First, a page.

Listening to Nature
We were really taught to listen by howler monkeys and toucans. It was in Costa Rica that our understanding of listening shifted. The first week we were in Monteverde serving as Global Ministry Volunteers our family learned about what was happening outside by hearing it inside. The rain pelted our tin roof with deafening gladness, I remember not being able to talk on the phone or Skype because of the deafening rain. We lived under a beautiful old Mahogany tree that also liked to regularly drop large kiwi sized seeds onto the roof. The stray dogs were friendly enough, but why did they feel the need to party in our yard each and every night? And the roosters next door did not follow our schedule sometimes crowing with silly garbles at 4, 4:30 and 5:30 am. That darn bird also sounded like a crying child at that time of the night, causing me to jump from the bed to check on our kids. We didn't sleep much the first few months.
And then we started to appreciate being able to know the weather from our kitchen. We appreciated the neighborhood voices of pup and poultry. Everything connected us to the outside world. We learned to live more closely to the earth because we heard it. The rhythm of the jungle bugs and sometimes fierce wind reminded us that we were not the center of the world.
When we ventured out for a hike, walk or even just to the bus stop we were often interrupted by the sounds and sights of nature. Holy interruptions we would call them. One day we were called over to see a troop of monkeys with the male howler calling out with voice that can penetrate beyond one mile. Babies grasping backs of mothers peacefully eating leaves.
We began to recognize our neighbors by their voices, the Social Flycatcher, the Mot Mot, and one of our favorites the Three Wattled Bell Bird. Our hurried walk stopped by nature.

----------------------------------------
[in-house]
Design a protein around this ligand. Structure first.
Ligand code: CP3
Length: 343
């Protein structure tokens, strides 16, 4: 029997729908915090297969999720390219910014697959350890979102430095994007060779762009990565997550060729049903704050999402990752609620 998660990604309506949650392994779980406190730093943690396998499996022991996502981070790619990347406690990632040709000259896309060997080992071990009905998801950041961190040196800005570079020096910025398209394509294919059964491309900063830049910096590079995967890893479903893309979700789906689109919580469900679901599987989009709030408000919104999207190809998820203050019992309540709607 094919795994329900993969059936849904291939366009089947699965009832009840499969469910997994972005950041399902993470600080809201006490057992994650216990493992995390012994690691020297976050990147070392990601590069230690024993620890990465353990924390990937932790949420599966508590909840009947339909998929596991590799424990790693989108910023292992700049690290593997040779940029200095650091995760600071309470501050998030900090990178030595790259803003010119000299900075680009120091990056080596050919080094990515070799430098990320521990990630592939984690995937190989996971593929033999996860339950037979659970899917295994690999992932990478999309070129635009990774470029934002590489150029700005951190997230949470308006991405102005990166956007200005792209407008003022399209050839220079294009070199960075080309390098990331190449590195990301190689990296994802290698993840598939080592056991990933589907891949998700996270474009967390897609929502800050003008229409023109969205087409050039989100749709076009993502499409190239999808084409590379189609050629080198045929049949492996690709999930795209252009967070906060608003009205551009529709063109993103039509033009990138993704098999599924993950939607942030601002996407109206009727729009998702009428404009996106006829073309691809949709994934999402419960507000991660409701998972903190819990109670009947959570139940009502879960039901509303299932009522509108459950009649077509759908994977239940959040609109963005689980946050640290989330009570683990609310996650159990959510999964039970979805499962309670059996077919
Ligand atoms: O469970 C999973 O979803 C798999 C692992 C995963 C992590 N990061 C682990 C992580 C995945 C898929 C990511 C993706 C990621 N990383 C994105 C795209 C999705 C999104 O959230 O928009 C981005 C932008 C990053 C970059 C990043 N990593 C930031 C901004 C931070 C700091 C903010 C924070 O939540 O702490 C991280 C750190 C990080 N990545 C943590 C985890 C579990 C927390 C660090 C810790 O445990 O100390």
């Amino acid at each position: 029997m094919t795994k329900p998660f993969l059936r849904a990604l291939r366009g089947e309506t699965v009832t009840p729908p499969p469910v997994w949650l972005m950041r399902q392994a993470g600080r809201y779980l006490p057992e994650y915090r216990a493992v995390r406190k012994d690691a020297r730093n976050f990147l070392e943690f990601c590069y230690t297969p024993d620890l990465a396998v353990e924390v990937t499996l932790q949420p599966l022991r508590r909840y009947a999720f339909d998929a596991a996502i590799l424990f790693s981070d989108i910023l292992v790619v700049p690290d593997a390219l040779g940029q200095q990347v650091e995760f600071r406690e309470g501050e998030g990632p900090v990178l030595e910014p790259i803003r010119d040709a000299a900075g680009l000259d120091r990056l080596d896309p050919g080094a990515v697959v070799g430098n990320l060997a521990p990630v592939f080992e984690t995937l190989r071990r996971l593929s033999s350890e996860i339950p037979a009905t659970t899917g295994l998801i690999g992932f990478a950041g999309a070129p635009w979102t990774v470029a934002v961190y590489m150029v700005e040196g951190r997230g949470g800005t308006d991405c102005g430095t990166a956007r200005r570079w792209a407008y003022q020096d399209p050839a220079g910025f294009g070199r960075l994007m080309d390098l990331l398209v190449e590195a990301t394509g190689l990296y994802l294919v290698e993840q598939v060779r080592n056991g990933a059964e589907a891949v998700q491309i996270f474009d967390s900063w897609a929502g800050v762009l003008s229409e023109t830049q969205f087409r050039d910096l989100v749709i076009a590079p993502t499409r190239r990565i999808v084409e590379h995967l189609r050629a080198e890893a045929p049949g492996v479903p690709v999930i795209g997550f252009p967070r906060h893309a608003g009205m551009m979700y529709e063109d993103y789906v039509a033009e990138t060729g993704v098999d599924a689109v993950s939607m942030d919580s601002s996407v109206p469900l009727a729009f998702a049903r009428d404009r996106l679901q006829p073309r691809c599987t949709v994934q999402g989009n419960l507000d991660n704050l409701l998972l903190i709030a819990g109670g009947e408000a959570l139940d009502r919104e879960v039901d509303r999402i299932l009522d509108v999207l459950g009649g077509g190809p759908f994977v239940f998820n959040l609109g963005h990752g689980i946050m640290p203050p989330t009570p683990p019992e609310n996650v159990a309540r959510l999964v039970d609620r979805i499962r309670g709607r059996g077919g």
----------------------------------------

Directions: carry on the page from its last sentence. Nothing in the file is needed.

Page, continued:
Sometimes our kids fought along the walk to or from a some place in town; I would try to figure out ways to find relief to the painful annoyance of sibling jabs. Many of my attempts would fail. But what worked almost every time was nature. Even when a hike was attended with reluctance when a bird, snake, monkey or even an insect was spotted or heard the interruption was enough to realign us.
In the presence of nature we witnessed creativity, beauty, a fierce otherness that was somehow close. In the presence of nature we listened, we saw and often we made space for awe.
We remembered, like sinners at the communion table, our place in God's creation and the creativity and goodness of God.
This remembering through listening continues to deepen within us, even as we grieve leaving Monteverde.
We have insulation here, we have an abundance of distraction; things that bring comfort and sometimes numbness. My hope is that I will continue to listen, to step outside the comforts into a life uncommon. I yearn to remember my belovedness. I yearn to remember to listen outside as I attempt to hear inside. May I venture into God's creation to become more attuned to my own heart. A family hike will surely be different in the Appalachian mountains than in Costa Rica, but the listening will be the same.
Scott Hardin-Nieri likes his salsa and conversation spicy. He can be found climbing trees, dodging poison ivy and playing in the forests of the Blue Ridge Mountains. Scott is an ordained pastor with the Christian Church (Disciples of Christ) and is an alumnus and mentor with the Bethany Fellowship Transition into Ministry program. Prior to moving to North Carolina, he and his family served as Global Ministry Volunteers of the Christian Church (Disciples of Christ) and the United Church of Christ in a vulnerable cloud forest of Monteverde, Costa Rica. Currently he is the Associate Minister for Green Chalice of Christian Church (Disciples of Christ) and Director of the Creation Care Alliance of Western North Carolina.
Scott enjoys accompanying people during transformative experiences, whether in worship, spiritual direction, sharing stories, work trips, live music concerts, camps or retreats. He continues to be reminded of his name as “beloved child of God” most clearly in the forests, oceans and deserts and seeks to invite faith communities into conversations regarding creation. He is most alive when playing outside with his partner and their two children.